Verizon (NYSE: VZ) rejected a call Thursday by two unions--The Communications Workers of America (CWA) and the International Brotherhood of Electrical Workers (IBEW)--to move their longstanding and often rancorous contract negotiations to the Federal Mediation and Conciliation Service (FMCS).
Verizon union workers rally at an informational picket last fall. (Screencap: Verigreedy.com)
Verizon, in a story reported by Billing World, not only rejected the mediation demand but threw the onus to resolve matters back onto the unions.
Lawrence Marcus, senior vice president of labor relations for Verizon, wrote to CWA region 1 Vice President Chris Helton that the carrier has experienced "extended periods when the unions have failed, despite repeated company requests, to make counters on critical issues like medical for many weeks," the story continued. "As I told you in June 2011 and have stated repeatedly through these negotiations, the company needs meaningful change relating to its cost structure and operational flexibility."
The unions, of course, are having a hard time swallowing Verizon's claims. In a statement the two unions noted that "the company has made more than $16.3 billion in profits over the past four years."
In second quarter earnings released this week, Verizon said its wireline operating revenues had dropped off to $9.9 billion (a 3.1 percent decrease).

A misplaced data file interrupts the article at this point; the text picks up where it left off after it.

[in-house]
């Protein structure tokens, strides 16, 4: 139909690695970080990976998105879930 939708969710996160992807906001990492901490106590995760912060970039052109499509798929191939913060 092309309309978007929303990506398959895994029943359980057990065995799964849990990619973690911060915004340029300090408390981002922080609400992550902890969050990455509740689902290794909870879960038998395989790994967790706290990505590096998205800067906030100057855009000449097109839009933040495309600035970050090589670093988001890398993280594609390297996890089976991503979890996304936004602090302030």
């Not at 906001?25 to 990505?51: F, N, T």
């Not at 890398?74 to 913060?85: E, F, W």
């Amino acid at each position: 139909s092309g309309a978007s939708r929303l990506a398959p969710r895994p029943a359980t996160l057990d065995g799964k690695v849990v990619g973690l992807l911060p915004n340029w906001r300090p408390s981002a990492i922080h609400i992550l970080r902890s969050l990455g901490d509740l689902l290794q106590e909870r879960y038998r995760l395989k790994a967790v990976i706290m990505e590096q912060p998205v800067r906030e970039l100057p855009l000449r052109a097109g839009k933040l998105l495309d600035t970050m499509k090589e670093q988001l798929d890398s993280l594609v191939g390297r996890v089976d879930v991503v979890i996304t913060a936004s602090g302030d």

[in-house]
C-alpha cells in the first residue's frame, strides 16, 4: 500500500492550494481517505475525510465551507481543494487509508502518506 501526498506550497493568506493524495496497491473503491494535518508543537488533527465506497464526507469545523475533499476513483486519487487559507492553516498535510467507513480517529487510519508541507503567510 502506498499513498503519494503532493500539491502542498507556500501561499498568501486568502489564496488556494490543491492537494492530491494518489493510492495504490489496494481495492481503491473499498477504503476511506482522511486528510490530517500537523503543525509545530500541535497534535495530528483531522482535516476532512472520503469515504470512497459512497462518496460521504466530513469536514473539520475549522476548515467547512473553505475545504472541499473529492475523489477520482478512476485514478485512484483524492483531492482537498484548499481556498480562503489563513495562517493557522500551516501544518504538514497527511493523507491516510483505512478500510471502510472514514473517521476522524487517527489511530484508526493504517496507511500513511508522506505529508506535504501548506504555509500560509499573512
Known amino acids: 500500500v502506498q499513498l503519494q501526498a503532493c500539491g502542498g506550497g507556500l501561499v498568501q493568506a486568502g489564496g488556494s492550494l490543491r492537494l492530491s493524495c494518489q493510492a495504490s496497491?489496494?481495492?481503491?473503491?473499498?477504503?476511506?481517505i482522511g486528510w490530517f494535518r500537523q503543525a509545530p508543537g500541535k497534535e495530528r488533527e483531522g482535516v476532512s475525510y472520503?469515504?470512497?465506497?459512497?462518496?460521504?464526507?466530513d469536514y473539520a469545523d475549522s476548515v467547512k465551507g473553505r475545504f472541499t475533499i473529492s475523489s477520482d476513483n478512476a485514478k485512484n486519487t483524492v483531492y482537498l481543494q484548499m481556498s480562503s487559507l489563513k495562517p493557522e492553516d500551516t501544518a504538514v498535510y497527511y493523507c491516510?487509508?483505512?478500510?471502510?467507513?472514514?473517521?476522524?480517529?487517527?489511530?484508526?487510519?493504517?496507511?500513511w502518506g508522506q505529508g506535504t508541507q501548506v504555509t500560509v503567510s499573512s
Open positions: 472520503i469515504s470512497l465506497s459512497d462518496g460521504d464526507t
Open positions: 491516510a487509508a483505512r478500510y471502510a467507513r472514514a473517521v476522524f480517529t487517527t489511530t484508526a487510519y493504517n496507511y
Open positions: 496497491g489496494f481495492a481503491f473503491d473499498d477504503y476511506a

At the same time, though, CFO Francis Shammo, in a prepared statement, noted wireline "consumer revenues were up 2.5 percent, which was the highest growth rate we've seen in several years." He credited the carrier's "intensely focused" approach to profitability management" for the improvement.
For their part, the unions, who represent about 45,000 Verizon workers from New England to Virginia, said they have been "flexible and shown a willingness to negotiate, including significant proposals on health care and other key issues for management, but management continues to insist on proposals that would reduce jobs and cut our benefits by thousands of additional dollars per year,. And fail to return thousands of jobs that the company has off-shored," according to a statement from Ed Mooney, vice president of CWA Districts 2-13 and Bill Huber, president of IBEW Local 827.
This situation, they said, has led to the request for mediation--which Verizon rejected.
"CWA and IBEW members have been unable to negotiate an agreement for over a year as Verizon management continues to insist on drastic cuts in benefits and employment security," the unions said in a news release announcing the mediation request.
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